Students arriving on campus expecting to find unique New York boutiques might be shocked by the many chain stores and vacant windows that line the blocks of Morningside Heights. But scattered between 110th and 114th streets are six resilient, family-run businesses whose survival carries the neighborhood’s history.
Locally-owned establishments have been increasingly hard to come by in the area. Their sink-or-swim subsistence often makes them more vulnerable to swings in the economy. Still, select family-owned establishments in Morningside Heights have survived for decades—some for more than 60 years—and as the demographics have shifted around them, these institutions have persisted as an infallible retail backbone.
At many of these businesses, knowing what people are hungry for has kept them thriving. Strongholds such as the Hungarian Pastry Shop, Mondel Chocolates, Symposium, Tom’s Restaurant, and V&T Pizzeria have fed locals through other tough economic climates.
For V&T, which has had its home on Amsterdam and 110th St. since 1945, the economy has had little effect on business.
“We have been up and down, but it is mostly okay. We are not going anywhere,” Vinny LJ, manager of V&T, said. “When there is a tough economy, good pizza makes people happy.”
Next door, though, the Hungarian Pastry Shop—coming up on its 33rd anniversary—is noticing a decline in patronage. “It is manageably slower here, but we are going to ride this one out,” said Wendy Binioris, who owns the shop along with her husband, Peter Binioris.
In addition to cups of coffee and pastries, the Binioris family also serves up Greek food two blocks north on 113th Street at Symposium, an authentic Greek restaurant that has been cooking gyros for four decades.
“We are like ambassadors for Greece,” owner Chris Binioris, brother of Peter, said. “Students we know come in here and ask advice about their trips to Greece, what to do, where to eat. When they come back, they say that Symposium is the best Greek food they have ever had.”
Many owners attributed their long-standing success to consistency. Tom’s Restaurant, on Broadway and 112th St., has operated as a local diner since the 1930s.
“We have stayed the same and people appreciate that,” Mike Zoulis, manager and partner of Tom’s, said. “They want to come back to the place they trust. We are simple and down-to-earth, serving real food. Fresh pancakes the way Grandma made them.”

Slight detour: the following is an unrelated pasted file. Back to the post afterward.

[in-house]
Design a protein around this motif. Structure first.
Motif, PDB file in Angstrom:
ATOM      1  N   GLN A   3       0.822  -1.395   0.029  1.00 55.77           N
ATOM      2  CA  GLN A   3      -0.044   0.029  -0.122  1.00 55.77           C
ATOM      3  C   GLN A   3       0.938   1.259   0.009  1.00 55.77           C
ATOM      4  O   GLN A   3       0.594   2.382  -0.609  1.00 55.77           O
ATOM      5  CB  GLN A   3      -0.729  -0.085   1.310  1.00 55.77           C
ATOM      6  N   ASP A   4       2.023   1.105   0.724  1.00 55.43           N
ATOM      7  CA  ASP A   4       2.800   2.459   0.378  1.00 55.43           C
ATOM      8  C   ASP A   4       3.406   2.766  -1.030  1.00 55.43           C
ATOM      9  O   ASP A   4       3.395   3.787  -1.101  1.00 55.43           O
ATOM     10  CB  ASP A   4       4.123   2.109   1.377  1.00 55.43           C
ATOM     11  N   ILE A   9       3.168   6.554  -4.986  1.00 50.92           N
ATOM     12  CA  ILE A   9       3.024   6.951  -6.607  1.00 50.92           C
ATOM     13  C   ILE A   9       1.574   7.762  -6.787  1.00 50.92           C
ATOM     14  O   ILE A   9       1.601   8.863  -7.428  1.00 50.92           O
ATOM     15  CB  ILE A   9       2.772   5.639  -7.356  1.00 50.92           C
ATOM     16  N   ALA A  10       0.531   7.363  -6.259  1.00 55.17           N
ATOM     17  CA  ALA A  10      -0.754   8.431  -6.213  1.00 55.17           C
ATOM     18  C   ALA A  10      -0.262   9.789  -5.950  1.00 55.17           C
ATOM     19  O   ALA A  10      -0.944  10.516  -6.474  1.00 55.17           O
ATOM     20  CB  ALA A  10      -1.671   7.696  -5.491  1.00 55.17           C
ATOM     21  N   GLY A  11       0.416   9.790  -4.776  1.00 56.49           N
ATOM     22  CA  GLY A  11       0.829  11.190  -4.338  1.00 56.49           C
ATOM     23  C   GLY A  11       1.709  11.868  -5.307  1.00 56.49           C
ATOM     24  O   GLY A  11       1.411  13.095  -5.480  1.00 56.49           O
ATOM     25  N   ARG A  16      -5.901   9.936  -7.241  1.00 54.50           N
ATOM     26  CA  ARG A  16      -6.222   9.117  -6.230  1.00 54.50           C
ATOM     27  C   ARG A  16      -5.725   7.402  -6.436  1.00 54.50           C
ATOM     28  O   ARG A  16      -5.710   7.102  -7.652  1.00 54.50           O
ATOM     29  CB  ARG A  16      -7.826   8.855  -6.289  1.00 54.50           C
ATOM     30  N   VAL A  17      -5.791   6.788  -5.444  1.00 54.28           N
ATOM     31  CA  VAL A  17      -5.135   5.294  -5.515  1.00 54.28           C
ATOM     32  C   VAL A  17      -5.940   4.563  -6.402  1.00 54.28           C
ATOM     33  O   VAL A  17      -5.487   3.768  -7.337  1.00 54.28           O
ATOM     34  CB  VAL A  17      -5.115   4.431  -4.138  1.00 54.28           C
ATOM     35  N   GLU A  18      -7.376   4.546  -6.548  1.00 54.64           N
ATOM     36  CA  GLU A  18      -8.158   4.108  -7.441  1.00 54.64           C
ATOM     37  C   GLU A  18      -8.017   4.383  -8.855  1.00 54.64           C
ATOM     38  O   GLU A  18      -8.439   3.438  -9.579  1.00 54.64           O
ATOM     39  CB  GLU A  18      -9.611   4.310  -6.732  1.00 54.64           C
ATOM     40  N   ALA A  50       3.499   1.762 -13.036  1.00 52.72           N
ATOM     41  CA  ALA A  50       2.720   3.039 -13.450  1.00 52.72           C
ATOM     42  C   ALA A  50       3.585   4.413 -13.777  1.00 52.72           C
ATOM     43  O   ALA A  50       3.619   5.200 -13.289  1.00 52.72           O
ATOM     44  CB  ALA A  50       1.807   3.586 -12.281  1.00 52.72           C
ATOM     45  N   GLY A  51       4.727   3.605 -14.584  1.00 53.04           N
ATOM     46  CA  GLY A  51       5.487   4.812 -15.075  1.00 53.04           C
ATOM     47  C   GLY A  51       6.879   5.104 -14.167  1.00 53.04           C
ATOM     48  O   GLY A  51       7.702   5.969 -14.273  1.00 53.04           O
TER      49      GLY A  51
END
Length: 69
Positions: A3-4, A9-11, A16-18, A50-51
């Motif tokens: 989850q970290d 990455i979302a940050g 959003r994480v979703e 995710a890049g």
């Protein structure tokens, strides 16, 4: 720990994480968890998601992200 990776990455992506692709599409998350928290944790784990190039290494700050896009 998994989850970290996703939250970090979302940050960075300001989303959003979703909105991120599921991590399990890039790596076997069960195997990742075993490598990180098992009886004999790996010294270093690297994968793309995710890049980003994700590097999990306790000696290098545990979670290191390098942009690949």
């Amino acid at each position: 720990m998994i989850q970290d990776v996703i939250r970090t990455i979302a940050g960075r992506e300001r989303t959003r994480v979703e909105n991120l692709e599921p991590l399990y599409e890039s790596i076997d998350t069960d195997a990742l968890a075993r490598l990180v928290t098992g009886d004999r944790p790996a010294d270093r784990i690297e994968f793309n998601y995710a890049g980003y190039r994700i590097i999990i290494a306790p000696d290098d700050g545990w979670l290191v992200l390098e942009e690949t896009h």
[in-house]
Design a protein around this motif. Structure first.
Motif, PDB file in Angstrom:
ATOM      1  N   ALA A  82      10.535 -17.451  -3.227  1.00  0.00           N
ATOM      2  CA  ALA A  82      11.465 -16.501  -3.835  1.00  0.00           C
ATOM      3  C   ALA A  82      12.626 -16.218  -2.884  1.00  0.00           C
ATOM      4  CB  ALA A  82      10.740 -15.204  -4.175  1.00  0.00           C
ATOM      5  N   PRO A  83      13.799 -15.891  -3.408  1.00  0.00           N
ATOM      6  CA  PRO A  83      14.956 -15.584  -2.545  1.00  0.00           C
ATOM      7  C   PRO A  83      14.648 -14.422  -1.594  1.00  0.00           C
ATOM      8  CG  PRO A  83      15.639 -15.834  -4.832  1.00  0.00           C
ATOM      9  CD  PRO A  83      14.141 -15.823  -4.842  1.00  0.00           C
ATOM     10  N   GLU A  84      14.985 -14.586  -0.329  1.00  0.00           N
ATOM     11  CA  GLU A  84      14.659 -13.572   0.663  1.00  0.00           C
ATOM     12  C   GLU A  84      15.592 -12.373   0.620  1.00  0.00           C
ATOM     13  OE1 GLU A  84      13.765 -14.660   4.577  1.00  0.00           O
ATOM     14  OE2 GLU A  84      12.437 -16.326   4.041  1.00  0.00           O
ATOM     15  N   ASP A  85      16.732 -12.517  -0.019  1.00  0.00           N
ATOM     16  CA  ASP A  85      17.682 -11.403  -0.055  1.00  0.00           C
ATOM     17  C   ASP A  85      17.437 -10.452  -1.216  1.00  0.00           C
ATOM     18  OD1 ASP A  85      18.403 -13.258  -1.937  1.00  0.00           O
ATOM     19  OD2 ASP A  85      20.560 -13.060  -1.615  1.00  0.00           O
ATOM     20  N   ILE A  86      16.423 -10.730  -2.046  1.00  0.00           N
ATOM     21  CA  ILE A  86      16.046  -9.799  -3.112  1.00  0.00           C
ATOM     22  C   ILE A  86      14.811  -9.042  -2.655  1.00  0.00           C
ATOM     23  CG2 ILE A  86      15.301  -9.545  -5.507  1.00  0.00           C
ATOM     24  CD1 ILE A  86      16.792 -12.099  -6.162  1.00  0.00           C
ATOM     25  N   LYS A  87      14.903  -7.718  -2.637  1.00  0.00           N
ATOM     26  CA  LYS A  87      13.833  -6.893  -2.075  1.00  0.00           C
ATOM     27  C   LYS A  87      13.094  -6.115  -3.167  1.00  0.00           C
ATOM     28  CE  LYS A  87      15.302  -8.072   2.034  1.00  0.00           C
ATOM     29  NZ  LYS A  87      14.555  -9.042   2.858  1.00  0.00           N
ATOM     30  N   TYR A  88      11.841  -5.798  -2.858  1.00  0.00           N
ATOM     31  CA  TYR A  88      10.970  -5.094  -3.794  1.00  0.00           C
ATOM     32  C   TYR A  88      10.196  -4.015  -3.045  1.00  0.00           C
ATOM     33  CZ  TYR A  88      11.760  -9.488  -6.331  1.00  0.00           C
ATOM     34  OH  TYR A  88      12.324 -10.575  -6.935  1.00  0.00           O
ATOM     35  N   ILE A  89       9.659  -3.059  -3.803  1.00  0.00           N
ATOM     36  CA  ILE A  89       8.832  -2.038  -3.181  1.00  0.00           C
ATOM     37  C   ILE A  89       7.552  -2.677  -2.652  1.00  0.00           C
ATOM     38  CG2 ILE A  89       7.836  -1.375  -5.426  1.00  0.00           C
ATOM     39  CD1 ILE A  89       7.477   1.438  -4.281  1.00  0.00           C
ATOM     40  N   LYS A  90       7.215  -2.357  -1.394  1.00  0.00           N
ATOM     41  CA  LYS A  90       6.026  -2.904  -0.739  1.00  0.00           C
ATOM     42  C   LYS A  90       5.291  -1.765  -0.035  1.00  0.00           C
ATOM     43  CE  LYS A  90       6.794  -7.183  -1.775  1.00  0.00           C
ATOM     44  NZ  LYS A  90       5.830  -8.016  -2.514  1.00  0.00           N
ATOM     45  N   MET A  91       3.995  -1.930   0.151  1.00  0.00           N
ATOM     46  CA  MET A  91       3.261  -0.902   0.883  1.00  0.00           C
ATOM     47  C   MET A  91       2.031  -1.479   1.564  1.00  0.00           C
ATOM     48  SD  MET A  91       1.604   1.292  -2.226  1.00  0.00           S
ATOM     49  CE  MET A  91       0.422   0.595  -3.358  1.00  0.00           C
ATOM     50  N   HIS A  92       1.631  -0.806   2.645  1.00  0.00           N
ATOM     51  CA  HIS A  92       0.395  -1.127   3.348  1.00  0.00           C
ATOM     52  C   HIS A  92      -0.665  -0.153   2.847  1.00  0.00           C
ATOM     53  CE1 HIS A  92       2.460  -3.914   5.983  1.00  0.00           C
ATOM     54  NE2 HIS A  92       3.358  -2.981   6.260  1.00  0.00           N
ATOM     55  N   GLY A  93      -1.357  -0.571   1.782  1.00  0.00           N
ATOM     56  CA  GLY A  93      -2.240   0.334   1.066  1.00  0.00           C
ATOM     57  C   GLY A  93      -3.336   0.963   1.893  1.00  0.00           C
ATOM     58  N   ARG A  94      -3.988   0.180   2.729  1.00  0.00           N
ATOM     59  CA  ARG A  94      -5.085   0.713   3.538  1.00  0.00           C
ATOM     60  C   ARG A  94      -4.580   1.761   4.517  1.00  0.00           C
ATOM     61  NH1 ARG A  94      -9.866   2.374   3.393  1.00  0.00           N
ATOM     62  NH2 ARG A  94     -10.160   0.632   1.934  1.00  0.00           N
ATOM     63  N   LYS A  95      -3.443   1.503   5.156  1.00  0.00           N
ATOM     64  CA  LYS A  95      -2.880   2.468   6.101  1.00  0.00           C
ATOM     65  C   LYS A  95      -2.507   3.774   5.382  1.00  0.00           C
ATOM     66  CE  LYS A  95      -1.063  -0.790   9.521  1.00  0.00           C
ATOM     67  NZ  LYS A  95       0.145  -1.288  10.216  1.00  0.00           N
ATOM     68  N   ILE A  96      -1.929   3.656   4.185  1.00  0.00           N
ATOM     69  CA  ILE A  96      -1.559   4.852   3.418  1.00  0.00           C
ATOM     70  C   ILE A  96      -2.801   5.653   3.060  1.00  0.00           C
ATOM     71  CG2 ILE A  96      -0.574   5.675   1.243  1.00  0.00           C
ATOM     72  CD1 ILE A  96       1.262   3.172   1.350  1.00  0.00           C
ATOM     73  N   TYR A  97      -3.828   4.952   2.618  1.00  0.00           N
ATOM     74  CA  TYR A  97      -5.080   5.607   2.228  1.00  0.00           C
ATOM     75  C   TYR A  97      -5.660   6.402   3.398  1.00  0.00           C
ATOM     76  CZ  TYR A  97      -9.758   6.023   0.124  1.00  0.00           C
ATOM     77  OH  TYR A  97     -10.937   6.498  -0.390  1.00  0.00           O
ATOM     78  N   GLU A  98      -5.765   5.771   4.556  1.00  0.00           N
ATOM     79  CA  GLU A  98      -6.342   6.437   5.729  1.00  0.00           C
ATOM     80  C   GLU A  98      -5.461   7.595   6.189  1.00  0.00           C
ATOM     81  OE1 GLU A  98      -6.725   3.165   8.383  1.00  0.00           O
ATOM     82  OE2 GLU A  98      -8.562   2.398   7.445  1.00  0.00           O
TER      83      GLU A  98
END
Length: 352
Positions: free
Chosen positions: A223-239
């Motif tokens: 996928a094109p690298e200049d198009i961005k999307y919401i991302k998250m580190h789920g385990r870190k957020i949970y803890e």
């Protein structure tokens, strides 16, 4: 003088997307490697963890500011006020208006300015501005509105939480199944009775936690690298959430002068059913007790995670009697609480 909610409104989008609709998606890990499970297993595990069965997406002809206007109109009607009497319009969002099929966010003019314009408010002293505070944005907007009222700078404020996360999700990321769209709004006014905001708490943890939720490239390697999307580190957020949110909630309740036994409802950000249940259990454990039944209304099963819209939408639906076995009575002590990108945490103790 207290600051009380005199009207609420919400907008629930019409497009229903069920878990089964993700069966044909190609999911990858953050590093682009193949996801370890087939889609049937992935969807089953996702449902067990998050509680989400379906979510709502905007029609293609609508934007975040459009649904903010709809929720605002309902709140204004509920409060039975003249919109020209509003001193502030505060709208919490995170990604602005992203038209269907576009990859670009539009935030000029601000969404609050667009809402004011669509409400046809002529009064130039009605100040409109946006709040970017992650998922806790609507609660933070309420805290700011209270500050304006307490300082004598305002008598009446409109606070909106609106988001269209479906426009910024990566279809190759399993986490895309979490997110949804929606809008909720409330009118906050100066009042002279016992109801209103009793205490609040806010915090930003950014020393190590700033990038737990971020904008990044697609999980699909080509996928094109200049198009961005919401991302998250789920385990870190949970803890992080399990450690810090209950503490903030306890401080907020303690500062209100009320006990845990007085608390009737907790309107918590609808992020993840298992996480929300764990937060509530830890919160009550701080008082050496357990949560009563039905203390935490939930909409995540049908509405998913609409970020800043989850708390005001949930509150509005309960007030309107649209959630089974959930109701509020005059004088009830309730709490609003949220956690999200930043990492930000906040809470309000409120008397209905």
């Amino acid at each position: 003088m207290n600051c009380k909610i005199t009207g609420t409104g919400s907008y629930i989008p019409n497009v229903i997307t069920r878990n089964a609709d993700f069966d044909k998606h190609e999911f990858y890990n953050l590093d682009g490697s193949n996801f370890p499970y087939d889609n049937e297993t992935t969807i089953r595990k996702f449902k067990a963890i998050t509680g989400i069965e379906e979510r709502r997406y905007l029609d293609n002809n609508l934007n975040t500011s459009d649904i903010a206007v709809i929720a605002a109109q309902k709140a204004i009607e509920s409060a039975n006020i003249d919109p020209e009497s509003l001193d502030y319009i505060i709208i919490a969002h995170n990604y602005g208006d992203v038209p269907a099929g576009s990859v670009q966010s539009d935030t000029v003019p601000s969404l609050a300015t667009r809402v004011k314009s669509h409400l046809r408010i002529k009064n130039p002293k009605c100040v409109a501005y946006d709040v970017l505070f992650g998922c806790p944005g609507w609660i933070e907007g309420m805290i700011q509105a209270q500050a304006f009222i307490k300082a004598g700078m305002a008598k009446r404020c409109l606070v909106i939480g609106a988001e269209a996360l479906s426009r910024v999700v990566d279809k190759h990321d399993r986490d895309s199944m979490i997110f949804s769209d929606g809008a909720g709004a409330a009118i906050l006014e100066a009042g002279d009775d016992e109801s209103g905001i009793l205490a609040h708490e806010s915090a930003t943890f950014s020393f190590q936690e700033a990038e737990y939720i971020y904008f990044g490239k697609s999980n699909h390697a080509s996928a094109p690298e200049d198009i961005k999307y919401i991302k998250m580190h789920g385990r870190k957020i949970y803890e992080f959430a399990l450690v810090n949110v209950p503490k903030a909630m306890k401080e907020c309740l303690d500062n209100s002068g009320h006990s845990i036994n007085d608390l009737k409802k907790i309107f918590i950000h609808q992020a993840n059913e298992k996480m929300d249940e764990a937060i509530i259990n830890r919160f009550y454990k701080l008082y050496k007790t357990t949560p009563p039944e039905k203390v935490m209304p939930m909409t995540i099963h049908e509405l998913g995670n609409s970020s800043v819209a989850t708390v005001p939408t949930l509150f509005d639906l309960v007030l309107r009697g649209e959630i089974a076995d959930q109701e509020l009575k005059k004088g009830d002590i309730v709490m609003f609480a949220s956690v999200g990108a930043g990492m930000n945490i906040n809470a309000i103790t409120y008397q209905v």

Paula Blat, manager of Mondel Chocolates—established on 114th Street in 1943—agreed, saying that “people love to come here and see that the shop looks exactly the same as it did years ago.”
Because their shop is so old, Blat said, it has become a local landmark. “People who went to school here come with their children. There are sometimes even three generations of a family who come to our shop.”
Wendy Binioris echoed these sentiments. “There is a lot of nostalgia in the pastry shop,” she said.
While these standout establishments continue to thrive, other locally owned stores aren’t faring as well.
“The photo studio, the stationery store, the cleaners, men’s clothing store, a smaller diner. All family-owned, and now all gone,” Zoulis said, adding that “a lot of smaller stores have been combined into larger ones.”
Zoulis said he remembers when the neighborhood’s socioeconomic status meant many customers were elderly, or lived in single-room occupancy buildings. But as the area was spruced up, rents rose, forcing former patrons to move.
“We still have these locals, but the neighborhood has become very gentrified, and some can’t afford to live here anymore, or they have to work really hard and have no time to hang out at Tom’s,” Zoulis said. At one time, “everyone knew each other. It was like a village hangout place.”
Jim Ma, an employee at Janoff’s Typewriter and Stationery—a family-run business since 1980 on 111th Street, and for many decades prior on 112th Street—agreed with Zoulis.
“The neighborhood has changed. It has gotten nice here. So nice that some stores around here are empty,” Ma said. “We are really a part of the old neighborhood that people remember.”
But some store owners saw this change as a good one, at least for business.
“The neighborhood is actually wonderful,” Blat said. “It is getting better and better, and has become much safer.”
Eduardo Morales, a resident for over 30 years and a regular at V&T, agreed.
“Today, you find people from everywhere living in the same neighborhood,” Morales said. “It [V&T Pizzeria] is a family place, with all types of people from the neighborhood, students, doctors, everybody together.”